Without Roman Dial the sport of bikerafting wouldn’t likely exist
Roman contribute immensely to the bike-packraft adventure lore with his groundbreaking trips around the world. And, thankfully, he contributed significantly to this book. He wrote the excellent Foreword you can read on TheBikeraftGuide.com blog. He also allowed us to interview him for hours and he answered upwards of 100 emails, clarifying dates and facts. We are immensely grateful for his help. We are equally grateful for his latest brief social media review of the story. Thanks so much, Roman!
The Review by Roman Dial
Of all the wacky, niche-level, outdoor adventures I’ve dabbled in over the years, the bike and boat combination has always been the one that scratched my creative adventure itch best. This book about what’s now called “bikerafting” came in the mail yesterday and was a delight to look at, browse through and read. It’s amazing the number of stories in here from around the world and from all kinds of environments. Lots of photos ranging from worn-out, dusty old trips during the age of film to shiny digital new ones.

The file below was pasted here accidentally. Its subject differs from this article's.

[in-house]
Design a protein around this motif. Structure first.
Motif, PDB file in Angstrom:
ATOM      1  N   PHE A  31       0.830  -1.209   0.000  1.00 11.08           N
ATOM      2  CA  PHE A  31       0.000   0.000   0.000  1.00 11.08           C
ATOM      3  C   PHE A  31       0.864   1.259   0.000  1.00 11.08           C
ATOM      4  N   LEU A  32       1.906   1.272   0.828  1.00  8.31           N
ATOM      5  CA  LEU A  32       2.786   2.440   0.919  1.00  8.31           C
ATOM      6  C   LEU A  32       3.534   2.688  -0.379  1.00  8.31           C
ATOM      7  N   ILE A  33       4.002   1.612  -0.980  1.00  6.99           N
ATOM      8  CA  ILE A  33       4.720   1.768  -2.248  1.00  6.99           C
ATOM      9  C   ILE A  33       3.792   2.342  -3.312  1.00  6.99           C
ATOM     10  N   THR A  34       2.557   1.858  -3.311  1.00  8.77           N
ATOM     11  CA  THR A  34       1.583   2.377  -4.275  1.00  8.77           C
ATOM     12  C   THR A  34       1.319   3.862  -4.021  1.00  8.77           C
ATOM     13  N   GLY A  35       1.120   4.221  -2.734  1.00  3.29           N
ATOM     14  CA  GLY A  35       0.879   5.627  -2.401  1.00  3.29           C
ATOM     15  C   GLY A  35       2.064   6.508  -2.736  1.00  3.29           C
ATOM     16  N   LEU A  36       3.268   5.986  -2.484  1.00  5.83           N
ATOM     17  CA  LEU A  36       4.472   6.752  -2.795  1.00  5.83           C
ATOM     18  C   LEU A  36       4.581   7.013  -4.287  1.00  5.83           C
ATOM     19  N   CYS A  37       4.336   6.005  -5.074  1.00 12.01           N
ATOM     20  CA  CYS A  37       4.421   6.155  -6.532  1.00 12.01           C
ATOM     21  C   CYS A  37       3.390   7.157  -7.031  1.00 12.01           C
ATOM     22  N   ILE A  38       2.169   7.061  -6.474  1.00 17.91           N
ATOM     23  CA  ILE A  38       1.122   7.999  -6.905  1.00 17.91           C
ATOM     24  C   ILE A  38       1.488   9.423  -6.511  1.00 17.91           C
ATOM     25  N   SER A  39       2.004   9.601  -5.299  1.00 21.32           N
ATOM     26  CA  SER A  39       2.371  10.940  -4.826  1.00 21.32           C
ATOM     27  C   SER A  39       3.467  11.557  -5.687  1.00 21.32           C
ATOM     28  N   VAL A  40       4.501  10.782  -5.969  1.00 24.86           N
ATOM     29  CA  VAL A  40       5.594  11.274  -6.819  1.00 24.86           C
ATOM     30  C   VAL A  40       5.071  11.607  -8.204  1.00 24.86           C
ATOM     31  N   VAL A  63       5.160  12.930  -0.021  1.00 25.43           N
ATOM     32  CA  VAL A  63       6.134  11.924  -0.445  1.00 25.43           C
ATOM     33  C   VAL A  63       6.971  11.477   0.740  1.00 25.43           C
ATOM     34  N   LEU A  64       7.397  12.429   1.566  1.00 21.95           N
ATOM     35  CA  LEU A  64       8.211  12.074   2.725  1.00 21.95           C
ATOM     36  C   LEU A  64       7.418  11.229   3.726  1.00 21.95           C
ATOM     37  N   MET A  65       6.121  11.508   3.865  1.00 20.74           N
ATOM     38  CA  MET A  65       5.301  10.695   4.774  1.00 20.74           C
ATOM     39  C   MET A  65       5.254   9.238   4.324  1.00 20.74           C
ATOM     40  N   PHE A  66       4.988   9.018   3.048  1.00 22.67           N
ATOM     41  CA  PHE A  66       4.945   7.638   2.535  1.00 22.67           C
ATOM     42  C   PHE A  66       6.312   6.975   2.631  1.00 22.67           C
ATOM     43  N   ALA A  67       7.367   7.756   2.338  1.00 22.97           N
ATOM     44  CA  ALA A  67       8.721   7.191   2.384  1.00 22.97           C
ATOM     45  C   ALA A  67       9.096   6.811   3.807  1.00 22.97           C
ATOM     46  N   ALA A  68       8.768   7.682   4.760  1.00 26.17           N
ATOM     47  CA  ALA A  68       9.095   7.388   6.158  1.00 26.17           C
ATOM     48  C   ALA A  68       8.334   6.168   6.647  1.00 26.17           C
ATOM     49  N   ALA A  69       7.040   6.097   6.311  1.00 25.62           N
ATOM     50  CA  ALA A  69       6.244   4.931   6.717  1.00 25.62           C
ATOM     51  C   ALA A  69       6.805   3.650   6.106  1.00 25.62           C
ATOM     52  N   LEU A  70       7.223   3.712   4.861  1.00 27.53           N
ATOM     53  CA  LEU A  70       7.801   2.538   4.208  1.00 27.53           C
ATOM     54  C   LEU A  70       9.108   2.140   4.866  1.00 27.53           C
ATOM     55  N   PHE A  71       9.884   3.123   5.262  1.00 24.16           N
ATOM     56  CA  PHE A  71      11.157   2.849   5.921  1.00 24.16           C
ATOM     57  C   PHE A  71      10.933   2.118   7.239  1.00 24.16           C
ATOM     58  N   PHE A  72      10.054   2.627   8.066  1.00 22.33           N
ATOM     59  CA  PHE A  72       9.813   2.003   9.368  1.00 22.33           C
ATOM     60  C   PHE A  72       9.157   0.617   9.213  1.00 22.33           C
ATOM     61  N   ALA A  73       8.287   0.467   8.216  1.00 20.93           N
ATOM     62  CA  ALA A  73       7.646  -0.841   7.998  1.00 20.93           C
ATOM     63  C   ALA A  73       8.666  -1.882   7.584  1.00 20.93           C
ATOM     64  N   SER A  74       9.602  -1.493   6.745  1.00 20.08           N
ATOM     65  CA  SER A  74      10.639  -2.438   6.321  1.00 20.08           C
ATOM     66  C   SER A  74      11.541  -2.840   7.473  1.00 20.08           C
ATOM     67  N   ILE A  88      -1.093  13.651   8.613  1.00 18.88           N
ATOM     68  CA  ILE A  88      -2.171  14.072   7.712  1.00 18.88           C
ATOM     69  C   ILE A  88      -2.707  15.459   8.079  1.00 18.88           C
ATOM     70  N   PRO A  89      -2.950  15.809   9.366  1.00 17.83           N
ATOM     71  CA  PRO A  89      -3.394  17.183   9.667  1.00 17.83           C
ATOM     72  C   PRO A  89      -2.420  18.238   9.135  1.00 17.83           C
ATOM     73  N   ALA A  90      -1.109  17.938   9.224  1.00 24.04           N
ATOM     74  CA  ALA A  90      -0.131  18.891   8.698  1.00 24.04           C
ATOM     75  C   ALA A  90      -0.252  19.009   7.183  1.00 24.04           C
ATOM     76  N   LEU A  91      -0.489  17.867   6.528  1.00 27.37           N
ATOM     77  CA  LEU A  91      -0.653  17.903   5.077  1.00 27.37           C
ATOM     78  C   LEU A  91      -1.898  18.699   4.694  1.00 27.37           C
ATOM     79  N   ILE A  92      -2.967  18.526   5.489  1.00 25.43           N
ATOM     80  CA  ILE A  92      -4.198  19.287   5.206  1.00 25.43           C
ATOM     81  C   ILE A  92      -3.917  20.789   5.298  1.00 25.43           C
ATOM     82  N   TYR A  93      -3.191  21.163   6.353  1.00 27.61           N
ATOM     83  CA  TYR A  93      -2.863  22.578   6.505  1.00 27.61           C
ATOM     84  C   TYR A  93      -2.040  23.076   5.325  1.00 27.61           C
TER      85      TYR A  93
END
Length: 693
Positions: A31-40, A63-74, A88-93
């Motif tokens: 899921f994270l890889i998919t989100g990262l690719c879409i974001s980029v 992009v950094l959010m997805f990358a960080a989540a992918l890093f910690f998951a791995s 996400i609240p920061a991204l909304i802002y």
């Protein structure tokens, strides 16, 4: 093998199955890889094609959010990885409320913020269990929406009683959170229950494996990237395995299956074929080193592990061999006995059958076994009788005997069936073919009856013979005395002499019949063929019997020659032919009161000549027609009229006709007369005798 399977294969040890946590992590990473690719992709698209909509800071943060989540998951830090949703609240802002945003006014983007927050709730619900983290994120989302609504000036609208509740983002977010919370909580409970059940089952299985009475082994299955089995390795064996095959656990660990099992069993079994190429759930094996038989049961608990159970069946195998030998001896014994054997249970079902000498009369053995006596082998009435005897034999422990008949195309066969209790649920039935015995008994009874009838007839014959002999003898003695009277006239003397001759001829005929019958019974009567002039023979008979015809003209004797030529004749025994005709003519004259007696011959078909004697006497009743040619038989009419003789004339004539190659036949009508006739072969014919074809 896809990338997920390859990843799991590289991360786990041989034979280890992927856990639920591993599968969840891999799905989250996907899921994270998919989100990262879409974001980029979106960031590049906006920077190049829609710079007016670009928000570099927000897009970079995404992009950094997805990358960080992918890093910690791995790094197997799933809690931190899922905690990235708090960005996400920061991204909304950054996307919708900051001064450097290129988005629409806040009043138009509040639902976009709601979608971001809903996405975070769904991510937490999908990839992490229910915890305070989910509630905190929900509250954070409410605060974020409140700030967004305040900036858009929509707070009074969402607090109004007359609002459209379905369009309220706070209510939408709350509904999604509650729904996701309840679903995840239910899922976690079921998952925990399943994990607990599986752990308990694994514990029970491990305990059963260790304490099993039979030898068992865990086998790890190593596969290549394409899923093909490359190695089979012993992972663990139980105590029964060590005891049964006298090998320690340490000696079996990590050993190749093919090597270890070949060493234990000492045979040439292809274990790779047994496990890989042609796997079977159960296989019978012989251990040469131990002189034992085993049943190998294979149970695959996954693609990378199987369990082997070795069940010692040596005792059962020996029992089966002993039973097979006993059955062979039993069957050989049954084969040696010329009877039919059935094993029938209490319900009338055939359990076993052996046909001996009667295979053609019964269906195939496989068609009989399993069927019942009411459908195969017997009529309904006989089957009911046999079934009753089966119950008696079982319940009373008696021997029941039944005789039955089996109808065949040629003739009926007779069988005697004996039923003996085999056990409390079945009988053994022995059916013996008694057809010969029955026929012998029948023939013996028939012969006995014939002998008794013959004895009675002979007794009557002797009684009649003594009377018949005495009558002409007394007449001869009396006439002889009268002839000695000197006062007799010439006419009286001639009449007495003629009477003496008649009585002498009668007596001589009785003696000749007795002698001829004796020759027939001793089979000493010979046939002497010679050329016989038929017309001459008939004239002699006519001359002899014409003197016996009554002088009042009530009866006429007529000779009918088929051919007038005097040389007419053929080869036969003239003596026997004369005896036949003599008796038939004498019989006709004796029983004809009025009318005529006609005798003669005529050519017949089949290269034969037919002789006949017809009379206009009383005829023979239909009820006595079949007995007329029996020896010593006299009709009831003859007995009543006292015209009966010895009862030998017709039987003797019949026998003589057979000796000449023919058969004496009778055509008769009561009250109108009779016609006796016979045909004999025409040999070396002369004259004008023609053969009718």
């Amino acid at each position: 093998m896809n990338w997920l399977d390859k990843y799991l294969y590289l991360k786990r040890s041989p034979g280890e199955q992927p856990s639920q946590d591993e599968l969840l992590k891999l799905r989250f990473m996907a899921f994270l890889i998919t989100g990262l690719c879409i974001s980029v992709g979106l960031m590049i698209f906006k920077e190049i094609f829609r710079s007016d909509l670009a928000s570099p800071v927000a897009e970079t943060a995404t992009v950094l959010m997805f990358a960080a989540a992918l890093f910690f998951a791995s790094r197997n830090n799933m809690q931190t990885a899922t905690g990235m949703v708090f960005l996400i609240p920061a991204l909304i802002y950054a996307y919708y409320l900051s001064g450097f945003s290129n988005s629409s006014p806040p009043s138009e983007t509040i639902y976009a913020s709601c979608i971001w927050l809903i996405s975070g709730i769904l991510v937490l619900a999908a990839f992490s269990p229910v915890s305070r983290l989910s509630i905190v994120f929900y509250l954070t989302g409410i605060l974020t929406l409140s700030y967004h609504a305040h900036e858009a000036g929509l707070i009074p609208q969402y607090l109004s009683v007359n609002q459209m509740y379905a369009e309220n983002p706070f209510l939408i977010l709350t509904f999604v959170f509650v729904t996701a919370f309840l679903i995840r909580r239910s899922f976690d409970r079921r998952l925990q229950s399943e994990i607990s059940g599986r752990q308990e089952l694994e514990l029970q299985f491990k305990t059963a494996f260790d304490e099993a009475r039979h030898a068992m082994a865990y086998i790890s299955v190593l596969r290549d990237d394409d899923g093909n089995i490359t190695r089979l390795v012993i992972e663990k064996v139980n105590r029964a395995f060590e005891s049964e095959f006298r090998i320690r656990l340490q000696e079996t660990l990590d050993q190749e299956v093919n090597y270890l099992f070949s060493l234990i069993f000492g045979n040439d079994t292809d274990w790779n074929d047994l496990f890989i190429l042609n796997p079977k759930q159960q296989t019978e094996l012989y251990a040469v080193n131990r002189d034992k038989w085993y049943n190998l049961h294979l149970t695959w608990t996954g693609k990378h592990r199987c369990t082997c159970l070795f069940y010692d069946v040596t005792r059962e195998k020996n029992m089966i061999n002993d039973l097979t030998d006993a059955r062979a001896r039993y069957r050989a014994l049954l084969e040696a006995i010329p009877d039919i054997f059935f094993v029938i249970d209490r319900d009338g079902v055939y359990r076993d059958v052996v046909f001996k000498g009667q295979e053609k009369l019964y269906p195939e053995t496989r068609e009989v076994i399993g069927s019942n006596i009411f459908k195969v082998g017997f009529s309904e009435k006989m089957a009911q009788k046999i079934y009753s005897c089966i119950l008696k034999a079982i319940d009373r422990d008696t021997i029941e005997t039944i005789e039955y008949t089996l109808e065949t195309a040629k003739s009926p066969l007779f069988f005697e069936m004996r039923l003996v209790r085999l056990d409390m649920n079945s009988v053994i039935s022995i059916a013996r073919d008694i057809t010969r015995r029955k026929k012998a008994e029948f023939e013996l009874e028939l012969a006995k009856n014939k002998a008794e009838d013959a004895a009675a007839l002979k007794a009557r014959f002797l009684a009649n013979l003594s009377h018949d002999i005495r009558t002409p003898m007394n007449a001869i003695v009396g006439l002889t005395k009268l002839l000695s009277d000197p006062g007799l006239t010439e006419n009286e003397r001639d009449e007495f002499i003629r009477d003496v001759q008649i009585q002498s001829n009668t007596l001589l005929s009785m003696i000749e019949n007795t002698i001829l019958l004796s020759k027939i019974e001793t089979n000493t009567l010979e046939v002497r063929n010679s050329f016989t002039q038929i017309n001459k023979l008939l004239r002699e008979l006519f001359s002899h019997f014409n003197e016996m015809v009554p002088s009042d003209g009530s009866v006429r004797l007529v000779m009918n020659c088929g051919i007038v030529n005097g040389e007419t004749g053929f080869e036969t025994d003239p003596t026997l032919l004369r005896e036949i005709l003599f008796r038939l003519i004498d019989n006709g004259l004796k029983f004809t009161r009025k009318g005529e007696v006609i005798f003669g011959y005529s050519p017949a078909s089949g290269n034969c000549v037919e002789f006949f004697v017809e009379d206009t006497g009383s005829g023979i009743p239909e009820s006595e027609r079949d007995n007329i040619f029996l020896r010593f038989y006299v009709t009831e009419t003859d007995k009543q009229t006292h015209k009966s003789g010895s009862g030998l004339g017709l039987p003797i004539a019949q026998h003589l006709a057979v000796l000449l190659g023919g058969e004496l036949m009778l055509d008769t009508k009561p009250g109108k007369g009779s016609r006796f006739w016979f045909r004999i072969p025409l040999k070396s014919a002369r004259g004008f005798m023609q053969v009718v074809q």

This book really does a great job of showcasing what bikerafting is and can be, as well as educating on how to do it. An ace kayaker once told me that the outdoor adventure community is like a big tapestry that each generation adds to with new patterns, colors, and blends. The Bikeraft Guide and The Packraft Handbook document how the current outdoor adventure generation has contributed to a tapestry traceable back to Alexander von Humboldt by way of Bradford Washburn, John Wesley Powell, and Yule Kilcher followed in Alaska by David Roberts (1960s explorer of Alaska’s wilderness summits), Dick Griffith (pioneer of 20th century packrafting), and George Ripley (founder of the Alaska Mountain and Wilderness Classic). If you can get hold of this book, buy it: don’t let the image of a grumpy old man (whose PFD is under his jacket) on the cover dissuade you.